on the history of Scots, Scots Gaels, and Scots-Irish, and digging up the history below generations of American amnesia…
Peter Gilmore has taken an active part in promoting Celtic languages and cultures for more than 30 years. He has served as Scottish Chair of the Celtic League American Branch, was a member of An Comunn Gàidhealach Ameireaganach, Conradh na Gaeilge, and a founder of the former Strathspey and Reel Society of Western Pennsylvania. He has competed at the ACGA Mod and at feiseanna in New York, Ohio, Pennsylvania, and Ireland. He has studied Gàidhlig and Gaeilge, and taught Irish at numerous venues.
In recent years he has extensively studied the phenomenon of the “Scots-Irish” (what he prefers to call “Irish Presbyterians”), with numerous publications. The most recent of these is the article “Refracted Republicanism: Plowden’s History, Paddy’s Resource, and Irish Jacobins in Western Pennsylvania,” which appeared in Pennsylvania History: A Journal of Mid-Atlantic Studies, Vol. 83, No. 3 (Summer 2016). Formerly the editor of a trade union journal, he is currently an adjunct lecturer in history at Pittsburgh universities.
Peter was the first Celtic language teacher from whom I received any formal instruction, taking Irish classes from him in 1991. He also hosted a Celtic music radio show at the time in Pittsburgh which inspired me early on my journey into Celtic Studies. We’ve shared personal experiences and research materials in the years since, and I’m very pleased that he was willing to share his knowledge about the diasporic aspects of Scottish history with me for this interview.
[Originally published 2016 October 5 by Michael Newton]
(1) If I’m not mistaken, your interests were initially more strongly on the Gaelic side of matters than the anglophone side, but after years of scholarship on the Scotch-Irish, you’re now one of the authorities. Most people think of the Scots and the Irish as being fairly homogenous nationalities, rather than consisting of distinct ethnolinguistic clusters that don’t correspond to national borders, especially as we look further back in time. How would you explain, in a nutshell, the main fault-lines of Scottish ethnicity to a neophyte?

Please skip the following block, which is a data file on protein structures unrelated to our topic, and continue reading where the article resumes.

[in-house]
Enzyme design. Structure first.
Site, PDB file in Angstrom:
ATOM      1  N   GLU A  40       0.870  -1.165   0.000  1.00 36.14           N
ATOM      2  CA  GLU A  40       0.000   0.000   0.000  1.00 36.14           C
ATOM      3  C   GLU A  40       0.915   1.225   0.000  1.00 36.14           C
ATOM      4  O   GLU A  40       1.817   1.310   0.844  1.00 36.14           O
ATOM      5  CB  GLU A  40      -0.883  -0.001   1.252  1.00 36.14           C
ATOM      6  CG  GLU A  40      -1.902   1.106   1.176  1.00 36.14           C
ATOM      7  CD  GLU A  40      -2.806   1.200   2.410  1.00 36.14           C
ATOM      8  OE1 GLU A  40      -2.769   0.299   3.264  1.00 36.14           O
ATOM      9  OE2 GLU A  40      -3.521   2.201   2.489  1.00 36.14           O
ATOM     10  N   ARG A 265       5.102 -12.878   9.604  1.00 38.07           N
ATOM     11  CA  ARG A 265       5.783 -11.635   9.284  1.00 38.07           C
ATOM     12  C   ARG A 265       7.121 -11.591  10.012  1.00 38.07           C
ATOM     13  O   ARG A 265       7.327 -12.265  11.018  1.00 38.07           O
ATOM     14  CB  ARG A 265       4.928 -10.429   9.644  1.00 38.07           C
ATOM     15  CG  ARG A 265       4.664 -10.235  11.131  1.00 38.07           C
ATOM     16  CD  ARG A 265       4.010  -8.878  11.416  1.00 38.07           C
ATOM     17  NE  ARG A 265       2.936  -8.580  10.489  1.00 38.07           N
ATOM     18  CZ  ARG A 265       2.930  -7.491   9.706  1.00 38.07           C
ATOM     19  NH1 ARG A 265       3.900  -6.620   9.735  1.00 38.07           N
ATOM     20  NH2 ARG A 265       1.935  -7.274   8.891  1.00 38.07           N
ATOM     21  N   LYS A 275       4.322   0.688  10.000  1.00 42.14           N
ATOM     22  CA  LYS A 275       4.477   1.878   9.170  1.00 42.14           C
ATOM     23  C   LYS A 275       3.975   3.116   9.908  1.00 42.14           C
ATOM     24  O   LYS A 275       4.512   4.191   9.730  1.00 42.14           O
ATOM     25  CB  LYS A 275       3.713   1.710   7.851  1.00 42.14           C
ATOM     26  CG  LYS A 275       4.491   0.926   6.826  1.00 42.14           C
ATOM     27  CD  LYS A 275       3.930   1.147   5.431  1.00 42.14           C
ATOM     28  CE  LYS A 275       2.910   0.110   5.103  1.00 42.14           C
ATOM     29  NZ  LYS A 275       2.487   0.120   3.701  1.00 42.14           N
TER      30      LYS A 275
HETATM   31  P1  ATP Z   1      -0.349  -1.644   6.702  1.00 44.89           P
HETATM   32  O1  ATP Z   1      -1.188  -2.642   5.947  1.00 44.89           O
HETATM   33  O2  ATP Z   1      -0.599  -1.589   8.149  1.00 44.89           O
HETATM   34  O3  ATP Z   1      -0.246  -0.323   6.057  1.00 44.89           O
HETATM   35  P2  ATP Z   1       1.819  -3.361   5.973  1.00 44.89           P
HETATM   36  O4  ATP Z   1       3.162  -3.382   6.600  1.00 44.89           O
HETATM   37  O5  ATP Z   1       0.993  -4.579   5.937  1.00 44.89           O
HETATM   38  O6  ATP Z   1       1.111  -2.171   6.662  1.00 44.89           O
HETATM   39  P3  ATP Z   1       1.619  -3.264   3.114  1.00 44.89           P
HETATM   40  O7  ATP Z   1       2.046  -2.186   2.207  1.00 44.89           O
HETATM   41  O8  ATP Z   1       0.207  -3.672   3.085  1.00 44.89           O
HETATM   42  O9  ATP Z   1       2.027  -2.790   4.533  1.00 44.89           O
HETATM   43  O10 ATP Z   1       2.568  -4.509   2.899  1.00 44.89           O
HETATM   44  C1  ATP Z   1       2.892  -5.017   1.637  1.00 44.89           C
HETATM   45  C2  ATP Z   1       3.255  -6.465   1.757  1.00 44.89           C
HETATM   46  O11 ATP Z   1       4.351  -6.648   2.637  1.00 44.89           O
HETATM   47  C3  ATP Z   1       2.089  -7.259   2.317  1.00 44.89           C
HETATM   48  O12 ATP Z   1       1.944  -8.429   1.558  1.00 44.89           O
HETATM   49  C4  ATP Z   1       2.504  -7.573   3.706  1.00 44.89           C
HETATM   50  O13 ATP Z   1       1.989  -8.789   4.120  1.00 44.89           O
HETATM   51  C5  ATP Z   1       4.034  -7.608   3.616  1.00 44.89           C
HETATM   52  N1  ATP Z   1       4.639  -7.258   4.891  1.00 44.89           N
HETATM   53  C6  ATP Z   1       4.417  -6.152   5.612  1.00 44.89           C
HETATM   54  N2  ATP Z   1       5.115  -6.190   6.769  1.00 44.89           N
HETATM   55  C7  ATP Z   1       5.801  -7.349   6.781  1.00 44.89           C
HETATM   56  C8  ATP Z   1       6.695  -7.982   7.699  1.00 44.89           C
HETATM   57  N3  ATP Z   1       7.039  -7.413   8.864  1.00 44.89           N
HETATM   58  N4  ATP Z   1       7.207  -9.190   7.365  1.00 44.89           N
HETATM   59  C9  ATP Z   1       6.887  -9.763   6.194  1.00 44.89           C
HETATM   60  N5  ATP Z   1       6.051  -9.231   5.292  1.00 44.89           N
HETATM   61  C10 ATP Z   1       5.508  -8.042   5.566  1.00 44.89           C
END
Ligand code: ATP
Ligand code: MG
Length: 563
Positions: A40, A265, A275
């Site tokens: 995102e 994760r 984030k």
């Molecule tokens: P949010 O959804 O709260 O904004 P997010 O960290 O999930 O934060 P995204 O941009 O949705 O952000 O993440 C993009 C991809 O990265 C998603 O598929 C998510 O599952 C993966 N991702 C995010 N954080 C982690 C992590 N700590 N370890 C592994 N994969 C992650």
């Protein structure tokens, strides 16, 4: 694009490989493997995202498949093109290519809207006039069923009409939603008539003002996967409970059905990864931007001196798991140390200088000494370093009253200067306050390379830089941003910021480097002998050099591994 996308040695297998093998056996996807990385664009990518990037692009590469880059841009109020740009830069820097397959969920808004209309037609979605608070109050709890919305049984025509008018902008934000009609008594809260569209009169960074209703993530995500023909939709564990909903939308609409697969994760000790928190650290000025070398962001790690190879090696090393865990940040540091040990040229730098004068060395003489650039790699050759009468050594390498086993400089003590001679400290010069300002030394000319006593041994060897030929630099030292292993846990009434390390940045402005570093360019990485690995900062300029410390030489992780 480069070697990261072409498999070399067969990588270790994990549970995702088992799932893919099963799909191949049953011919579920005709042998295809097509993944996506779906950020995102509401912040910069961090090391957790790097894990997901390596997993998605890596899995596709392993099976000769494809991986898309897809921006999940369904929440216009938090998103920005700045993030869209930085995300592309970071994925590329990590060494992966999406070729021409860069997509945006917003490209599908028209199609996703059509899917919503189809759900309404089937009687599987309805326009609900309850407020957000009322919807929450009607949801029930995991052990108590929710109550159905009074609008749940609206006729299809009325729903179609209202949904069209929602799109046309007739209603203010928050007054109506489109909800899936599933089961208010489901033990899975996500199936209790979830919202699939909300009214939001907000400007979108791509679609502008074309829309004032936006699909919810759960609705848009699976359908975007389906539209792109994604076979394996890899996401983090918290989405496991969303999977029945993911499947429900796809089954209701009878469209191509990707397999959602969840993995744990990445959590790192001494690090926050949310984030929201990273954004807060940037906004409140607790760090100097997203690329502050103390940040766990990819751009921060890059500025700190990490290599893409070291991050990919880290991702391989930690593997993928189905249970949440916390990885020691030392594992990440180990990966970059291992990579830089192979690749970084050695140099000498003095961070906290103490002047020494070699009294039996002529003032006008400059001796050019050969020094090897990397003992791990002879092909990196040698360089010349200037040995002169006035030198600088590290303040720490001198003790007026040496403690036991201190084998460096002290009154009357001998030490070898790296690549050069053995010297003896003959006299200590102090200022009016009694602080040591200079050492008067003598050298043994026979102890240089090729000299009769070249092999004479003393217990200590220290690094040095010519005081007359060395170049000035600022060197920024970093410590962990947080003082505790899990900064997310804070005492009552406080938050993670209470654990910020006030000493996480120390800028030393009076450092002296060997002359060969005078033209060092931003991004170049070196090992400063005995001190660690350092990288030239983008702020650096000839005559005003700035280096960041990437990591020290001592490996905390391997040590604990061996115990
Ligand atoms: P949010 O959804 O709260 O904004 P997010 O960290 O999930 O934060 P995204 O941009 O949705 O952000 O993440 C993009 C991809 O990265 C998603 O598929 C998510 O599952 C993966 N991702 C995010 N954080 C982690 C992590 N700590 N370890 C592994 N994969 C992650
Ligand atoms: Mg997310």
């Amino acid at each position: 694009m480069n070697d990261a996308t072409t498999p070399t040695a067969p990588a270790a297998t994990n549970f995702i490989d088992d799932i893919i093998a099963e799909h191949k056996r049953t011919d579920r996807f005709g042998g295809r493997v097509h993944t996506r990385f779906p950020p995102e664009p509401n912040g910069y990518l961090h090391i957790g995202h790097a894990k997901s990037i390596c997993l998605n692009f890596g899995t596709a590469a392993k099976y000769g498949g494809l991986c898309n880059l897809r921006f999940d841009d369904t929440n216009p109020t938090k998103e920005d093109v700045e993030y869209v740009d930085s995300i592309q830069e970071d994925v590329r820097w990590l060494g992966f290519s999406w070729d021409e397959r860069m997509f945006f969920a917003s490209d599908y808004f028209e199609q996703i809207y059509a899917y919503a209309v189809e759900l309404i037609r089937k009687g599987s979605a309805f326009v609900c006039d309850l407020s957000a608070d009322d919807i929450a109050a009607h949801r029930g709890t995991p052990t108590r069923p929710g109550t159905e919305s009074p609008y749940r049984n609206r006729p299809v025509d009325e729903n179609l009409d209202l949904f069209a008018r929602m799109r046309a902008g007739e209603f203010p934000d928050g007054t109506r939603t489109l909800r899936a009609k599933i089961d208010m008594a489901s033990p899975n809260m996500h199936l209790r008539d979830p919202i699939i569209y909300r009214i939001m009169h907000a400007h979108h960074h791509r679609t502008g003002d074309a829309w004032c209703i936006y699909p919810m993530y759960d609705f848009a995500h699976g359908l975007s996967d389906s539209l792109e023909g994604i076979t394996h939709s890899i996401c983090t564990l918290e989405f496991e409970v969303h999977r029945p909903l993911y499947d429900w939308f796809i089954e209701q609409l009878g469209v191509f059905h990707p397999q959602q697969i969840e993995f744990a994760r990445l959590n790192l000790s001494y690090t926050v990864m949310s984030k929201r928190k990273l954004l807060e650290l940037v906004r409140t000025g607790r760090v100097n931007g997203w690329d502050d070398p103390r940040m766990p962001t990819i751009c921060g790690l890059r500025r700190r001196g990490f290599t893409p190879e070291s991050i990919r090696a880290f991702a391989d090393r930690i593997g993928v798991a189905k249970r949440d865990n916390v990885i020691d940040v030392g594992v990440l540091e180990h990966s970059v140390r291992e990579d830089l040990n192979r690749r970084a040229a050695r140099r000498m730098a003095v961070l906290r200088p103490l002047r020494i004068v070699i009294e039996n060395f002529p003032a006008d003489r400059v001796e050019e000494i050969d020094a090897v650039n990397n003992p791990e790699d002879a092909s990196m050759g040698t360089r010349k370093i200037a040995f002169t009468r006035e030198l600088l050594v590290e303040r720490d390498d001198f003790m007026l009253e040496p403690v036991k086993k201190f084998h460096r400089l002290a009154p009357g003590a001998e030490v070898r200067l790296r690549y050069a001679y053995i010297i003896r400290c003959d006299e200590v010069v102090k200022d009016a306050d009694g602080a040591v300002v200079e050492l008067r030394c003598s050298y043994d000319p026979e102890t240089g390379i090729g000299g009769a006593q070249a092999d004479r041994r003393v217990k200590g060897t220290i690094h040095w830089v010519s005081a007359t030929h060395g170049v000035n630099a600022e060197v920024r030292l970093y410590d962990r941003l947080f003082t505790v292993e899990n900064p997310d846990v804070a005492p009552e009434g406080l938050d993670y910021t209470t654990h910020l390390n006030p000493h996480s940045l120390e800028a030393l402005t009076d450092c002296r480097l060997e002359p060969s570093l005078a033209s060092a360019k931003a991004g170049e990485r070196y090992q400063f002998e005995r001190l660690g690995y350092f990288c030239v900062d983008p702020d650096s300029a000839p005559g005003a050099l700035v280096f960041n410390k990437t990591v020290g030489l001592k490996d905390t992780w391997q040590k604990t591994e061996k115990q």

Scotland has been a multicultural, multilingual nation, in some sense, from probably whatever “beginning” one chooses to assign. That’s key. What might be described as “the main fault-lines of Scottish ethnicity” can be explained in terms of power—who has it, and how it’s being used, and against whom it’s being used. Political dominance belonged to Gaels when Cumbric speakers with deep familial roots in what had become Alba found themselves referred to as “foreign Britons.” And it was a signal that Scots-speakers had achieved supremacy when the Gaelic term duine uasal, signifying respect, became transformed into “duniwassal,” denoting a crude and demeaning rusticity.
And so, grasshopper, what you perceive as “Scottish” is the product of multi-layered historical processes which have not eradicated but greatly obscured the Gaels and their inestimable cultural contributions. (And don’t, please, pretend that there’s something essentially, ineluctably “Scottish” about those who went to Ulster. But that’s another story.)
(2) What are your observations about the distinctions between these groups, as they evolved over time, and what commonalities they might have had? What role does language in particular play?
I’m sure it has everything to do with my particular vantage point, but I have been more impressed with processes of adaptation, borrowing, and cultural absorption than with distinctions per se. What strikes me as of great historical significance are the shifting border areas, zones of bilingualism, with their propensity to facilitate cultural transfer. Language is obviously crucial, not only in allowing communication, but also assisting in the out-migration of Gaelic lexicon and concepts.
After reading Nicholas Wolf’s An Irish-Speaking Island, I was struck not only by how extensively Irish was spoken 1770-1870 and how tenaciously the Irish held on to their language, but also by how a lengthy period of bilingualism shaped Irish culture—significantly, the sense of “Irishness” brought to North America in the second half of the nineteenth century.
I suspect something similar occurred in Scotland earlier. We’re back to power, really. The decisive loss of control over the political and economic levers of society by Gaelic speakers helps explain the tragic disconnect between a living literary tradition and the broader national culture—ironically, as the culture of the Gaels imprinted itself strongly on what would be recognized as “Scottish.” I’m not forgetting the stolen, the imposed, and the artificial; rather I’m privileging the organic. I’m imagining (without difficulty) a Lowland Scots-speaking fiddler hearing an absolutely enticing tune and style from a fiddler raised with Gaelic, and making that tune and that style his own (albeit with the inevitable individual modifications).